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Disasters

We’re Seeking 18 Dynamic Leaders to Help Us Meet Our Goals

Keith Hansen's picture

The World Bank Group is searching internally and globally for 18 experienced and driven professionals to help achieve two ambitious goals: reducing the number of people living on less than $1.25 a day to 3% by 2030 and promoting shared prosperity by fostering the income growth of the bottom 40%. These leaders will be crucial to our plan to improve the way we work, so we can deploy the best skills and expertise to our clients everywhere, to help tackle the most difficult development challenges around the world.   

Last month, the Bank Group’s member countries endorsed our new strategy which for the first time leverages the combined strength of the WBG institutions and their unique ability to partner with the public and private sectors to deliver development solutions backed by finance, world class knowledge and convening services.

Instrumental to the success of our strategy is the establishment of Global Practices and Cross-Cutting Solution Areas, which will bring all technical staff together, making it possible for us to expand our knowledge and better connect global and local expertise for transformational impact. Our ultimate goal is to deploy the best skills and expertise to our clients at the right time, and become the leading partner for complex development solutions.

We are accepting applications for the Global Practice senior directors who will lead these pools of specialists in the following areas: Agriculture; Education; Energy and Extractives; Environment and Natural Resources; Finance and Markets; Governance; Health, Nutrition, and Population; Macroeconomics and Fiscal Management; Poverty; Social Protection and Labor; Trade and Competitiveness; Transport and Information Technology; Urban, Rural, and Social Development; and Water.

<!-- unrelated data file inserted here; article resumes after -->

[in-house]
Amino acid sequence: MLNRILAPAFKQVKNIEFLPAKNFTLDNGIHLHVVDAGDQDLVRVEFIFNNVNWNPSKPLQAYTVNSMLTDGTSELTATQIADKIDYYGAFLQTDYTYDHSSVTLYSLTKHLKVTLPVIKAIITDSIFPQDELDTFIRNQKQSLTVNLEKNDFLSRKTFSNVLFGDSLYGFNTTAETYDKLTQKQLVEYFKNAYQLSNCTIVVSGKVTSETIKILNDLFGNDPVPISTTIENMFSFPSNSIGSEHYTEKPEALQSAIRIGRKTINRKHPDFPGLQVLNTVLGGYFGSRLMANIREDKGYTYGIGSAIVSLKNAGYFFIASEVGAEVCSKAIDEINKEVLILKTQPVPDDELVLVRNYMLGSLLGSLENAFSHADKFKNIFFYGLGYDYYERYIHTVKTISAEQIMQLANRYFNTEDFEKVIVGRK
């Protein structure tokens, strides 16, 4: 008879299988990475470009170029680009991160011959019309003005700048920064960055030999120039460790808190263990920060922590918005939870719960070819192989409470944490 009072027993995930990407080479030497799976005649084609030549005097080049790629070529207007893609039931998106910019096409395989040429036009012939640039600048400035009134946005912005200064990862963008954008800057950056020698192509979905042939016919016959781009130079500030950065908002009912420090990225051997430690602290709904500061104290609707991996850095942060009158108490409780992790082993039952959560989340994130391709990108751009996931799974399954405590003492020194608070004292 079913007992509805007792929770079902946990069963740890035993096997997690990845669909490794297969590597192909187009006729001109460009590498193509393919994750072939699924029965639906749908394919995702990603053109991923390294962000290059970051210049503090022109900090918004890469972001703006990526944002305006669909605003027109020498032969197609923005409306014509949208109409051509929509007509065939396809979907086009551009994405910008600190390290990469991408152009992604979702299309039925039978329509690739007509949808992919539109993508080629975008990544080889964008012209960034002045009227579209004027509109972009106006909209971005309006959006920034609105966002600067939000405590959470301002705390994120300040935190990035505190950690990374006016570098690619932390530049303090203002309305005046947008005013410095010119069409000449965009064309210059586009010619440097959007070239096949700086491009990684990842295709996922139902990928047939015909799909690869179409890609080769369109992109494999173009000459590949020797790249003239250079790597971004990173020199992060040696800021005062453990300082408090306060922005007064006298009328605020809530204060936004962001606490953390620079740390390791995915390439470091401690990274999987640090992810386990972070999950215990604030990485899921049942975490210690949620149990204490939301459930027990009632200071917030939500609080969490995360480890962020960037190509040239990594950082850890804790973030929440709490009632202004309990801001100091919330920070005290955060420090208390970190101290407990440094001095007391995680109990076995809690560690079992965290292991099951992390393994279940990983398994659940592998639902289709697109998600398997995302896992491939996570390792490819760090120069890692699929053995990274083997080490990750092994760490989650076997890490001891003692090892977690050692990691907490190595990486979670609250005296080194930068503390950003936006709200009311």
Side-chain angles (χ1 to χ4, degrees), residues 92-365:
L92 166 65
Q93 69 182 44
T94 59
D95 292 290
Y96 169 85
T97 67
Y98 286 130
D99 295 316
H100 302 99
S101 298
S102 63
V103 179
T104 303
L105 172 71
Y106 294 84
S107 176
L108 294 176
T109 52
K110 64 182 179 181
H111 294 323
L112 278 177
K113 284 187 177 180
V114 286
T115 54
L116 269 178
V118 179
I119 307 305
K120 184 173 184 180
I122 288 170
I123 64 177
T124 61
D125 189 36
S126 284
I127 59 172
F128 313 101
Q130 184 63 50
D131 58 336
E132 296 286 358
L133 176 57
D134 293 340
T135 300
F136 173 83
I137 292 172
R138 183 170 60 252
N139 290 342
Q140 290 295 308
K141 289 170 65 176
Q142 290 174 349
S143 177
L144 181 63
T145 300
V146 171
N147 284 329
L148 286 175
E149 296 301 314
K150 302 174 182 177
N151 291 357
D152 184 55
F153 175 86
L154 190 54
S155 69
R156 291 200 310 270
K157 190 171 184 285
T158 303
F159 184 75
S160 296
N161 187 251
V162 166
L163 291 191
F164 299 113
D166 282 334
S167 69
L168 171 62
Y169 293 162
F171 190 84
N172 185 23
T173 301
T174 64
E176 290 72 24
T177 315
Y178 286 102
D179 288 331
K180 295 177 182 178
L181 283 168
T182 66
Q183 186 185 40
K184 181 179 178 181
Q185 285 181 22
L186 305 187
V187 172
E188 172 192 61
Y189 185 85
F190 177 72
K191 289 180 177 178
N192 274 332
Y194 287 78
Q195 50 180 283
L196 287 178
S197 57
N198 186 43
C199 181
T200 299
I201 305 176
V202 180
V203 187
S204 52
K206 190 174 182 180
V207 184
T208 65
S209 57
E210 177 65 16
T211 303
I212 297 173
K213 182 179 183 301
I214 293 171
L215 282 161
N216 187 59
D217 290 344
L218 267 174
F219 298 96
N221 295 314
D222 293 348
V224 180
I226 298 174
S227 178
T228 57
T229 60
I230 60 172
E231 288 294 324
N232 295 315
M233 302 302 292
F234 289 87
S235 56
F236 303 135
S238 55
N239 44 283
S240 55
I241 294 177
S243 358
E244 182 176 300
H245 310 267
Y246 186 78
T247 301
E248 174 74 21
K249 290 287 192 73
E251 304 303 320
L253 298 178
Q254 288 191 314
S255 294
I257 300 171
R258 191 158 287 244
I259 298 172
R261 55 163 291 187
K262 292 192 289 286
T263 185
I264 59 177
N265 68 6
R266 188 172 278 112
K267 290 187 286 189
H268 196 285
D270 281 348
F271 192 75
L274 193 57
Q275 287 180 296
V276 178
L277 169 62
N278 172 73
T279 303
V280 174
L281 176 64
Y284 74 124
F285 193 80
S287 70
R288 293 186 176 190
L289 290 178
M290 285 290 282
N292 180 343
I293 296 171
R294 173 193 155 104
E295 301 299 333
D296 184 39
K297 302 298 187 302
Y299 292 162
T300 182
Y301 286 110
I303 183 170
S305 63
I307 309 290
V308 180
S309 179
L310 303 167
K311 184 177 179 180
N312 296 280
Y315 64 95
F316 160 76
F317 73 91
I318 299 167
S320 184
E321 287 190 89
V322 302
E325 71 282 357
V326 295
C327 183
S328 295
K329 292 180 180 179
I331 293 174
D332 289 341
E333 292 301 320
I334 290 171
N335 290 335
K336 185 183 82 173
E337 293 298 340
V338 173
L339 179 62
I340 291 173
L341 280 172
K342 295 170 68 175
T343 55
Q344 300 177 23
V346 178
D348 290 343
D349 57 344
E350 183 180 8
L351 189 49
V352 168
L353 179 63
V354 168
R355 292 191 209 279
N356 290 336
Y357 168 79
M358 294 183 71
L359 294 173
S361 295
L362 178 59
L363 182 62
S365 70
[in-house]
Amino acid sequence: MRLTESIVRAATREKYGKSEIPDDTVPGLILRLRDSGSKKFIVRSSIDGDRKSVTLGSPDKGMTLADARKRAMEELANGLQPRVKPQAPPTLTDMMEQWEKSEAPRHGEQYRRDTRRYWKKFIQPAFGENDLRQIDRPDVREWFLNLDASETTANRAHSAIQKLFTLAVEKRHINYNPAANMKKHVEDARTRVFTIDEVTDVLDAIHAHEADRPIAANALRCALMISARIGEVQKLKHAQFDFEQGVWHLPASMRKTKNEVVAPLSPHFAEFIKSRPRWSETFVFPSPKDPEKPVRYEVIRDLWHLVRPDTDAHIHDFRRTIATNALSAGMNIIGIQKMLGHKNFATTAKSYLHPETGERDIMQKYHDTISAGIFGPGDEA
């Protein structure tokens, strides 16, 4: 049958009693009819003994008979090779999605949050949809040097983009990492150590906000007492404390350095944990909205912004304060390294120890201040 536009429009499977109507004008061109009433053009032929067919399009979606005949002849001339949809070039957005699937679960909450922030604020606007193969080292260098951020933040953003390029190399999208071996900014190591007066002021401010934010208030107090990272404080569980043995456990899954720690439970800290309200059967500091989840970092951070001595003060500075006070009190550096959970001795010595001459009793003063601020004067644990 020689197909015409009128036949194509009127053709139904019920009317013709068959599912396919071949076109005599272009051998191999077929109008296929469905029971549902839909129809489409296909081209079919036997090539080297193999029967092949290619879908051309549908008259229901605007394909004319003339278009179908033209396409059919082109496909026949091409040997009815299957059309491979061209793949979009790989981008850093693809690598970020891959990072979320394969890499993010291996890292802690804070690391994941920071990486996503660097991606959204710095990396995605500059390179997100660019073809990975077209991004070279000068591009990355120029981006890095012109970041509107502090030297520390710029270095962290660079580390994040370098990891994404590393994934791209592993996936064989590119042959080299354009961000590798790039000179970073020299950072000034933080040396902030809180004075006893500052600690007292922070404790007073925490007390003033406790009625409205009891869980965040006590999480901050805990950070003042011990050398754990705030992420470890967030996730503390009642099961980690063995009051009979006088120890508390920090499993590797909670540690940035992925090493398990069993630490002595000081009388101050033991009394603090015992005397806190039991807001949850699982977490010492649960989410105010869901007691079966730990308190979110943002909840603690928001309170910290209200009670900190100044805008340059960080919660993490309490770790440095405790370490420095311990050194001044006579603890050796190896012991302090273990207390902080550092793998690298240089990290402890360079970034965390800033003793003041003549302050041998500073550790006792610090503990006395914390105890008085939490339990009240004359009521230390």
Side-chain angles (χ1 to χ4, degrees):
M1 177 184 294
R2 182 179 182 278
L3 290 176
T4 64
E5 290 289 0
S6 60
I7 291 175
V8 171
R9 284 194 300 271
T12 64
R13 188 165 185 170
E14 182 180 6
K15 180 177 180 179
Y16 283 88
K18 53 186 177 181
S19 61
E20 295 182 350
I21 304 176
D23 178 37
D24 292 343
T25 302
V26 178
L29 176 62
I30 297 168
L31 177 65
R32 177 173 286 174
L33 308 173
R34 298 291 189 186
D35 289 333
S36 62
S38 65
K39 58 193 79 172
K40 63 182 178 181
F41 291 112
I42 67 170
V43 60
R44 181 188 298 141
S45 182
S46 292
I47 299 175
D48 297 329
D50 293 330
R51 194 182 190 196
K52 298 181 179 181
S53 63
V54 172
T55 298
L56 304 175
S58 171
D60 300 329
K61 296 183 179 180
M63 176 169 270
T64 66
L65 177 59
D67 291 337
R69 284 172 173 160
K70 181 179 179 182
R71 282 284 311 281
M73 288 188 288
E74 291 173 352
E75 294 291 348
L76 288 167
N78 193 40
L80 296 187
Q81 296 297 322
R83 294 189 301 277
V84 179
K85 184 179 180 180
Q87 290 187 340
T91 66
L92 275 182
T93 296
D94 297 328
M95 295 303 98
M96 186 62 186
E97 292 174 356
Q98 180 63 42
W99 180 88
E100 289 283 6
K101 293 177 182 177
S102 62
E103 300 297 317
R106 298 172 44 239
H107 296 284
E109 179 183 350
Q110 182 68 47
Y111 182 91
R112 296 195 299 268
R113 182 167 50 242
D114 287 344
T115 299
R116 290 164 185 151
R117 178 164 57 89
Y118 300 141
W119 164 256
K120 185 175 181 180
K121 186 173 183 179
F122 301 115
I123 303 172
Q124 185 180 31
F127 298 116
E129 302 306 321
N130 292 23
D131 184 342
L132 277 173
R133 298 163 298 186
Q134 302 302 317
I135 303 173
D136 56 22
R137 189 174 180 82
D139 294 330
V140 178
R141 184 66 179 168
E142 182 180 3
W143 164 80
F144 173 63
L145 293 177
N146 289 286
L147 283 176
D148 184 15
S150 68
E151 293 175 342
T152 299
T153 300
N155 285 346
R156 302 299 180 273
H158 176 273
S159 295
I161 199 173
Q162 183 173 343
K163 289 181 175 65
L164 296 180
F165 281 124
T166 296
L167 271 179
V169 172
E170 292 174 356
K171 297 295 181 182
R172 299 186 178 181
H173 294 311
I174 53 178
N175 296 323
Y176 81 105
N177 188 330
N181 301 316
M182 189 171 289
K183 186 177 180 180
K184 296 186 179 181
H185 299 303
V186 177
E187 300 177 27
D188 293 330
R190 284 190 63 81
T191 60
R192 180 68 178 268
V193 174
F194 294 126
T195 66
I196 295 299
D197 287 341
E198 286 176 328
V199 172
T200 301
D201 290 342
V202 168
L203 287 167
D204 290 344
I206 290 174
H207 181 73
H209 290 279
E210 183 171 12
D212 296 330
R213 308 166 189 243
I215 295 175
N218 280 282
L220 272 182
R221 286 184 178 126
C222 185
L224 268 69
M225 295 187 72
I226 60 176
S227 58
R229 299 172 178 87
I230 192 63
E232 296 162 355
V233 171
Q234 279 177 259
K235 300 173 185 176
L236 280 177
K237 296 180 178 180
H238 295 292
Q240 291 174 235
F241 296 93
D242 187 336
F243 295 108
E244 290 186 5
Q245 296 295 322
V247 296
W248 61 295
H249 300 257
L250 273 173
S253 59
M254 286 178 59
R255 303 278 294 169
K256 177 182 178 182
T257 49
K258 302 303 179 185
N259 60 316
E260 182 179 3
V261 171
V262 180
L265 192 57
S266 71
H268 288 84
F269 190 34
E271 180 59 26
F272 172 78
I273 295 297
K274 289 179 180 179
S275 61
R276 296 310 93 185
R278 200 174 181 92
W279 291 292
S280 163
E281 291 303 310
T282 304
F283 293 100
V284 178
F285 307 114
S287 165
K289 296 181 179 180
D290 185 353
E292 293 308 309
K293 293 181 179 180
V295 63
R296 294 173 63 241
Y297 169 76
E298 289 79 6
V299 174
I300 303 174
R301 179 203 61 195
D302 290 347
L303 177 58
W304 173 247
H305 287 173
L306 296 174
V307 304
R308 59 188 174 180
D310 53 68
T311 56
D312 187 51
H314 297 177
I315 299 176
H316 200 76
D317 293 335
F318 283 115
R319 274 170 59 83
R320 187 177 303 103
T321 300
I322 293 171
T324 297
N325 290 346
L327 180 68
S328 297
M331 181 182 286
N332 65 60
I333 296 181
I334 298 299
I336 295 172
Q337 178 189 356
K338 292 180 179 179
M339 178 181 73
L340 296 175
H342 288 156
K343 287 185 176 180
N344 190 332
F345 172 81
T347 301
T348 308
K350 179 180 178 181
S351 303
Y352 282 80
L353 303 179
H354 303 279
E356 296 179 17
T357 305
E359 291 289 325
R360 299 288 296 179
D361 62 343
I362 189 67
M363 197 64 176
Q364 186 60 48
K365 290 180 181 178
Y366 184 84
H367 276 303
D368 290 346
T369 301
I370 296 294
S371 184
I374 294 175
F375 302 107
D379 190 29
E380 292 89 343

Pulling the Tablecloth Out From Under Development Efforts - Without Breaking a Glass

Benedikt Lukas Signer's picture

Residents return from storm shelters to Ganjam district in Odisha after Cyclone Phailan made landfall. ADRA India / European CommissionWhen Cyclone Phailin struck the Indian states of Odisha and Andhra Pradesh last week, the predictions were dire. In 1999, a cyclone of comparable strength took 10,000 lives.
 
While Phailin affected up to 8 million people, leaving approximately 600,00 homeless, death tolls are currently estimated to be in the low double digits. What made all the difference between 1999 and today? A much improved early warning system, effective evacuations, and the construction of shelters probably played a crucial role. Credible forecasts and early warnings were available for several days before landfall, and close to one million people were evacuated.
 
Everyone who still thinks disasters are ‘natural’ should stop and consider this for a minute. This difference in impact is a real world example of an analogy discussed at the 5th Resilience Dialogue on Oct. 11, 2013.  Here’s my interpretation: